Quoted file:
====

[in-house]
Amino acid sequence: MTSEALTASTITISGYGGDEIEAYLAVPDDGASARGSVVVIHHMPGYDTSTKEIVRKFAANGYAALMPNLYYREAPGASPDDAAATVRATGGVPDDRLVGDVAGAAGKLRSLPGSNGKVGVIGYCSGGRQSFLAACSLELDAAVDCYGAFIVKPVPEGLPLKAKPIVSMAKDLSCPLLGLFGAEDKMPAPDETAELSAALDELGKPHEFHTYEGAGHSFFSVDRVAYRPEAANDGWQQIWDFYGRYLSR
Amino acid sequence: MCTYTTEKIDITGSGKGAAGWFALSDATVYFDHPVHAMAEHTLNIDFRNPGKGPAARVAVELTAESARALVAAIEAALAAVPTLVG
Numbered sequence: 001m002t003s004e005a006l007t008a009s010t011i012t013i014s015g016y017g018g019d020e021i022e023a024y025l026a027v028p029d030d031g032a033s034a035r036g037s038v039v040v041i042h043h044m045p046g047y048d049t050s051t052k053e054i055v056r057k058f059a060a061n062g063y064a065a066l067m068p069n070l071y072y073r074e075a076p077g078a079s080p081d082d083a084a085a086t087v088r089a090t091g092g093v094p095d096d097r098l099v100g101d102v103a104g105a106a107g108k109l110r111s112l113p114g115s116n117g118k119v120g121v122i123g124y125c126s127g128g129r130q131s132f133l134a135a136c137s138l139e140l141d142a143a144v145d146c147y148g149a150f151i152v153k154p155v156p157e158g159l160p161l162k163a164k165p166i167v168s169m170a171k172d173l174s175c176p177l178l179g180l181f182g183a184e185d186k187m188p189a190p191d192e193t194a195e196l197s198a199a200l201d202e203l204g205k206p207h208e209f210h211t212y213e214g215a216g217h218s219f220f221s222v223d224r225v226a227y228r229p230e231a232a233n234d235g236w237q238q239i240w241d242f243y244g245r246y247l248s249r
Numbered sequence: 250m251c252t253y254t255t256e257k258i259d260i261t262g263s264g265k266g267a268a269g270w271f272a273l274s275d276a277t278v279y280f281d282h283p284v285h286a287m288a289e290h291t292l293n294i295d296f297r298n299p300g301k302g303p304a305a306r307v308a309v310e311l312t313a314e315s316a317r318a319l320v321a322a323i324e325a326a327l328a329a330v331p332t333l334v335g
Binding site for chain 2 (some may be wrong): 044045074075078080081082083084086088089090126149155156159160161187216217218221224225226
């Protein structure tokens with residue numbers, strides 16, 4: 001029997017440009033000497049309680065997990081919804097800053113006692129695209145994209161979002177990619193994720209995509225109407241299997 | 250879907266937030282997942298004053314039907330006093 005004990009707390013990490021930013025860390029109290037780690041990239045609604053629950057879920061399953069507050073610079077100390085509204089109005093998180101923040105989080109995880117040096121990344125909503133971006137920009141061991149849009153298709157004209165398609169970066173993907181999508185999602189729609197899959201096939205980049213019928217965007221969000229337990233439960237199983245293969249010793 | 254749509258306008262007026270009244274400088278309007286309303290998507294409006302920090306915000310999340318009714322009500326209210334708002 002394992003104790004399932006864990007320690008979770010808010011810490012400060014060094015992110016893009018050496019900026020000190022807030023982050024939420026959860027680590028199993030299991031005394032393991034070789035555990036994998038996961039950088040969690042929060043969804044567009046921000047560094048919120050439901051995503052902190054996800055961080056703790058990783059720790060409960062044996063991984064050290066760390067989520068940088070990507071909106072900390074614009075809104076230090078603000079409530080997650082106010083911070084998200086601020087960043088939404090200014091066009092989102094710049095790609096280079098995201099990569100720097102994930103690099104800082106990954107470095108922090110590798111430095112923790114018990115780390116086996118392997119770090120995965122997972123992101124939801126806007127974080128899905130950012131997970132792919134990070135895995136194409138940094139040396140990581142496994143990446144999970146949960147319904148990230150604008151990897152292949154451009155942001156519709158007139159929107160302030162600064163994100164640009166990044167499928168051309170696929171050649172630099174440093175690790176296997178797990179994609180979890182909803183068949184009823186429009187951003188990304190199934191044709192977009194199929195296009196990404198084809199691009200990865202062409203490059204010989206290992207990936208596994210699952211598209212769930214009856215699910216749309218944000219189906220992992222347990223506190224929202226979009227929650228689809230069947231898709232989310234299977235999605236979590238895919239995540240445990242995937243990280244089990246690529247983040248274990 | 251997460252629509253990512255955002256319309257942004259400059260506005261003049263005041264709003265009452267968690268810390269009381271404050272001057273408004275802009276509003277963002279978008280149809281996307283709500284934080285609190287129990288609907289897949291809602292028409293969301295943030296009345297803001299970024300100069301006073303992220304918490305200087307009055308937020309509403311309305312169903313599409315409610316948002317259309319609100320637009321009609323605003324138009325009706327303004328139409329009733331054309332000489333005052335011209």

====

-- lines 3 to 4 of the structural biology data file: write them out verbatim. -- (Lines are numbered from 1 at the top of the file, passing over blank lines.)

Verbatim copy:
Amino acid sequence: MCTYTTEKIDITGSGKGAAGWFALSDATVYFDHPVHAMAEHTLNIDFRNPGKGPAARVAVELTAESARALVAAIEAALAAVPTLVG
Numbered sequence: 001m002t003s004e005a006l007t008a009s010t011i012t013i014s015g016y017g018g019d020e021i022e023a024y025l026a027v028p029d030d031g032a033s034a035r036g037s038v039v040v041i042h043h044m045p046g047y048d049t050s051t052k053e054i055v056r057k058f059a060a061n062g063y064a065a066l067m068p069n070l071y072y073r074e075a076p077g078a079s080p081d082d083a084a085a086t087v088r089a090t091g092g093v094p095d096d097r098l099v100g101d102v103a104g105a106a107g108k109l110r111s112l113p114g115s116n117g118k119v120g121v122i123g124y125c126s127g128g129r130q131s132f133l134a135a136c137s138l139e140l141d142a143a144v145d146c147y148g149a150f151i152v153k154p155v156p157e158g159l160p161l162k163a164k165p166i167v168s169m170a171k172d173l174s175c176p177l178l179g180l181f182g183a184e185d186k187m188p189a190p191d192e193t194a195e196l197s198a199a200l201d202e203l204g205k206p207h208e209f210h211t212y213e214g215a216g217h218s219f220f221s222v223d224r225v226a227y228r229p230e231a232a233n234d235g236w237q238q239i240w241d242f243y244g245r246y247l248s249r